monthly item

Slow Down, Enjoy Yourself!

Slow down, you eat too fast. Got to make the mealtime last. Feelin’ groovy!”
adapted from: The 59th Bridge Song by Simon and Garfunkel.


Humans are social beings; we enjoy eating in groups. Sharing a meal with friends is a pleasure to be savored. If you are always the first one to finish a meal, you are eating too fast. Slow down. Not only are you ignoring the sensual gratification of a good meal, you are ignoring metabolism signals that control weight.

The 30 minute secret
A study last month looked at weather speed of eating had an effect on satiety, or feeling full. People were given identical ice cream servings on different occasions; they were asked to eat the ice cream within 5 or 30 minutes. Blood samples were taken at each occasion to measure hormones of satiety. The result? Two powerful signals of fullness, glucagon-like peptide-1 and peptide YY, were significantly higher when eating slowly. Metabolism is complex. Within the past few years we have found mechanisms of why we feel hungry or full, signals from the stomach, small intestine and brain interact in an intriguing orchestration. In a sense, your digestive tract tells your brain when to stop eating. But when you eat very fast, you miss the signal. Eating rapidly causes you to consume more.   

Another study of over 3,000 people reported in the British Medical Journal found that individuals who eat rapidly triple their risk of becoming overweight. Because slow eating speed is so important – allow 30 minutes for each course of a meal.

Three tips to help you slow down:

  1. Wait for everyone at the table to take the first bite. Take your first bite after everyone has taken theirs. One of my patients told me this was the best bit of advice he had ever received!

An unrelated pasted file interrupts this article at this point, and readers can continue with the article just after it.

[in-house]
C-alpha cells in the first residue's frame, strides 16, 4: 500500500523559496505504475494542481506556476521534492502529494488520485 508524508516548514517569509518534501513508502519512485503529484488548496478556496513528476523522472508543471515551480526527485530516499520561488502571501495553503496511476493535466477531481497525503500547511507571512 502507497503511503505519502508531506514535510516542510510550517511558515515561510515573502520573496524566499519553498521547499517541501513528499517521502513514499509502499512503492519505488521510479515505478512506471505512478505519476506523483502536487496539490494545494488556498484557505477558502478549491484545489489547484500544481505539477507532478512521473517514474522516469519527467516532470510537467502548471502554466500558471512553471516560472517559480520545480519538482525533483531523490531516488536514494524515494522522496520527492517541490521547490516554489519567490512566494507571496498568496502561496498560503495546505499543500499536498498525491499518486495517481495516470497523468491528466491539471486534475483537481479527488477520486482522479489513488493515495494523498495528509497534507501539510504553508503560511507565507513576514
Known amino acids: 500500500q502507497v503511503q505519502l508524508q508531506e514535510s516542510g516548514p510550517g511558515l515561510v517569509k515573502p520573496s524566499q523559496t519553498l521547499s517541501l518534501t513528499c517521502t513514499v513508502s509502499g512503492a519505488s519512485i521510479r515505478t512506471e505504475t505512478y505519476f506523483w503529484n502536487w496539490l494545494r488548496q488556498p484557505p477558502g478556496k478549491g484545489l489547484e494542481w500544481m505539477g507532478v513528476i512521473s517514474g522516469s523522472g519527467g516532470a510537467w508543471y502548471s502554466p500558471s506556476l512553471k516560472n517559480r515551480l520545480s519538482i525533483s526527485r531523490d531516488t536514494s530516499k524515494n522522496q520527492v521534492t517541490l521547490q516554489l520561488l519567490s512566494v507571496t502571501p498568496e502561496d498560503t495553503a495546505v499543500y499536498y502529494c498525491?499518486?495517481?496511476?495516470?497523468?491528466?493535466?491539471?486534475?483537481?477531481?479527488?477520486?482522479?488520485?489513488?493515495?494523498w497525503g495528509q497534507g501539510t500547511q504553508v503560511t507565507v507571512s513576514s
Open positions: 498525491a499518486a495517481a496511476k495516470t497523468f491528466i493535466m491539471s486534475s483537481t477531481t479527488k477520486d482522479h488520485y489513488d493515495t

2. Put your fork down during the meal. Take time to converse with your dining companion. When you place your fork down, you allow yourself time to taste your meal. And you are able to respond to the satiety signals appropriately.
  3. Drink water throughout the meal. Water is calorie-free; taking time to drink water gives you more time to respond to metabolic signals. Drinking water before and during a meal reduces hunger and increases satiety.1

Eating too fast is just a bad habit. All you need to do is recognize the problem and then correct it. Keep the 30 minute rule in mind.  By slowing down you will become a leaner and more pleasant dining companion.

1 Lappalainen R, Drinking water with a meal: a simple method of coping with feelings of hunger, satiety and desire to eat. Eur. J. Clin. Nutr. 1993; 47:815-819. 

Welcome Guest
Please Login

Twitter Twitter
Dr. Klauer is now on Facebook, Twitter, and YouTube. Keep up to date on the latest news, videos, events, and specials!


ORDER Dr. Klauer's new book, "The Park Avenue Nutritionist's Plan: The No-Fail Prescription for Energy, Vitality & Weight Loss".


SIGN UP to receive Dr. Klauer's monthly column, news, and events emailed directly to your inbox.

Home  |  Principles  |  Books  |  Press  |  Video  |  Office Services  |  Biography  |  Monthly Column  |  Events  |  Contact Us
Copyright © Jana Klauer, M.D., P.C.